The Fear Factor? Upending the conventional wisdom on Independent Voters
March 26th, 2012
Why do many continue to be afraid to call an Independent an Independent? In a recent article, Jamelle Bouie argued that a paper we authored at Third Way showing that Independents are in fact Independent is incorrect. Mr. Bouie argues that Independents are a myth and neither party should try to appeal to them. While his comments are appreciated, he misses the boat on the data. His main critique is that we cherry-picked the election years used in our recent Leaners Don’t Fall report to ensure they represented the most conservative period in American history. Sadly, we didn’t pick the election years. We would prefer if the well-respected American National Election Studies had continued the panel study and had data at least through 2008. But they only conducted this survey for 3 elections—2000, 2002, and 2004. But even these three years are very illuminating. Independents, we found, were far more likely to switch allegiance than either Democrats or Republicans. By 2004, 38% of Democratic-leaning Independents—Independents who said they leaned towards the Democratic party in the 2000 election—voted Republican; less than one-quarter of even self-identified “weak” Democrats pulled the lever for the other side.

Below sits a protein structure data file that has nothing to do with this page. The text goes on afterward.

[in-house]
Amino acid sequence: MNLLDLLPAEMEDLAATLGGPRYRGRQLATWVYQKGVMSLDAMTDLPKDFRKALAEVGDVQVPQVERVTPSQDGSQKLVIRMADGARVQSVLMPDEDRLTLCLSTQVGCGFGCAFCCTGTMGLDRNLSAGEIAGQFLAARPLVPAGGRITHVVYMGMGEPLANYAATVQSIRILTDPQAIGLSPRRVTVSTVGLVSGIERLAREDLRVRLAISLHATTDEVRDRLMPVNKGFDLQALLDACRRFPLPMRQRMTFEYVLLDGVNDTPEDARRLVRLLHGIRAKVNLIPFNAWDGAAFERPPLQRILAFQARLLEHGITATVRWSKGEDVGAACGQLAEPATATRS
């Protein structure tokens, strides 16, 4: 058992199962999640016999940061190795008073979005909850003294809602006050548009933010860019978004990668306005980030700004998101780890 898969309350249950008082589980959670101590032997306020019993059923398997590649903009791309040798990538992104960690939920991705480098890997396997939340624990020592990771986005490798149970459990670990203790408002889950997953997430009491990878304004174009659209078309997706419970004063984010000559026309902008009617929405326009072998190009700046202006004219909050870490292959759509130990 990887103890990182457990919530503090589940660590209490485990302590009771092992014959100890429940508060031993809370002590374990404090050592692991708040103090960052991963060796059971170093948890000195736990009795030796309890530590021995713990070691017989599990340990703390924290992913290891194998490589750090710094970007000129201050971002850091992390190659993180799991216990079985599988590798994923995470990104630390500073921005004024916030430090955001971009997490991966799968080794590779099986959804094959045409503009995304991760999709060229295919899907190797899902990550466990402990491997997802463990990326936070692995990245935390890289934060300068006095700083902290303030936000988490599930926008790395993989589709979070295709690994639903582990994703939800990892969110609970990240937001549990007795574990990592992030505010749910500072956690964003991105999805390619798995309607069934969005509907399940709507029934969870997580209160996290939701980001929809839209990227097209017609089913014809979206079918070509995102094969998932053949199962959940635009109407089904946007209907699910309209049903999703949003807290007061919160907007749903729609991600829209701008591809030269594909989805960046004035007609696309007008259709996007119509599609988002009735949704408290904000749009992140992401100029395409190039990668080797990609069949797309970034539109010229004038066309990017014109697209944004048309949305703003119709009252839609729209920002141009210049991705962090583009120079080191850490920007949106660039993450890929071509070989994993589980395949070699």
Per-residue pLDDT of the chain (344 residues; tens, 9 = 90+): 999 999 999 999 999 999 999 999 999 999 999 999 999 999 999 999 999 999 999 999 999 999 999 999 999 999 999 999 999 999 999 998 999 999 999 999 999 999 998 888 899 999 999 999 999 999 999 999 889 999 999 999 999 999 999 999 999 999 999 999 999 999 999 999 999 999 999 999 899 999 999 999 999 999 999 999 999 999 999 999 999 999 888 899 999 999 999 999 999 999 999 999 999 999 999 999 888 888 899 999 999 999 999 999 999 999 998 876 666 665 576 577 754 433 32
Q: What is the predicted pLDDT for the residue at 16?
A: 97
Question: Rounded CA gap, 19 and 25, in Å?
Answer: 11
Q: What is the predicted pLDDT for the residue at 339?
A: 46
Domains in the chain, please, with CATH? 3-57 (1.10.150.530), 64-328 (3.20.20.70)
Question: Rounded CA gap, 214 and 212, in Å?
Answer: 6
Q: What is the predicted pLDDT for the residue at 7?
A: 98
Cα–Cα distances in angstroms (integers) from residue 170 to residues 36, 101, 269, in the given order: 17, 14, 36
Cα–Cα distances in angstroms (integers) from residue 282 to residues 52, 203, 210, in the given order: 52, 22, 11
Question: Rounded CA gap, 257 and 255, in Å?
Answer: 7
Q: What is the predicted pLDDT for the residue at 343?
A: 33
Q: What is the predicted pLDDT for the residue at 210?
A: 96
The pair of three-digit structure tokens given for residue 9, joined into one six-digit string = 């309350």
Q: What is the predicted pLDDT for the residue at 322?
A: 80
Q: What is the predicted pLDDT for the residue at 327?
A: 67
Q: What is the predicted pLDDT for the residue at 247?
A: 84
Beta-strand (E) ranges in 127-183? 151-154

In addition, 2004 was not as conservative of a year as some like to think. The electorate was split 37%-37% between Democrats and Republicans, with 26% Independents. Seems like an even fight to us. Mr. Bouie suggests the wave Democratic elections of 2006 and 2008 would have given us different results. But that likely would have shown that Independents are capable of swinging back—not that they don’t swing at all. And 2010 would show that they swung yet again. In 2008, Independents voted for Democrats in the House ballot by 8 points. In 2010, Republicans won Independents by 19. That’s a 27 point shift in 2 years! Clearly Independents are not a stable voting bloc. They actually swing—our point precisely. Let’s not pretend that Independents are phantoms. Believing they don’t exist may send them running to the other side.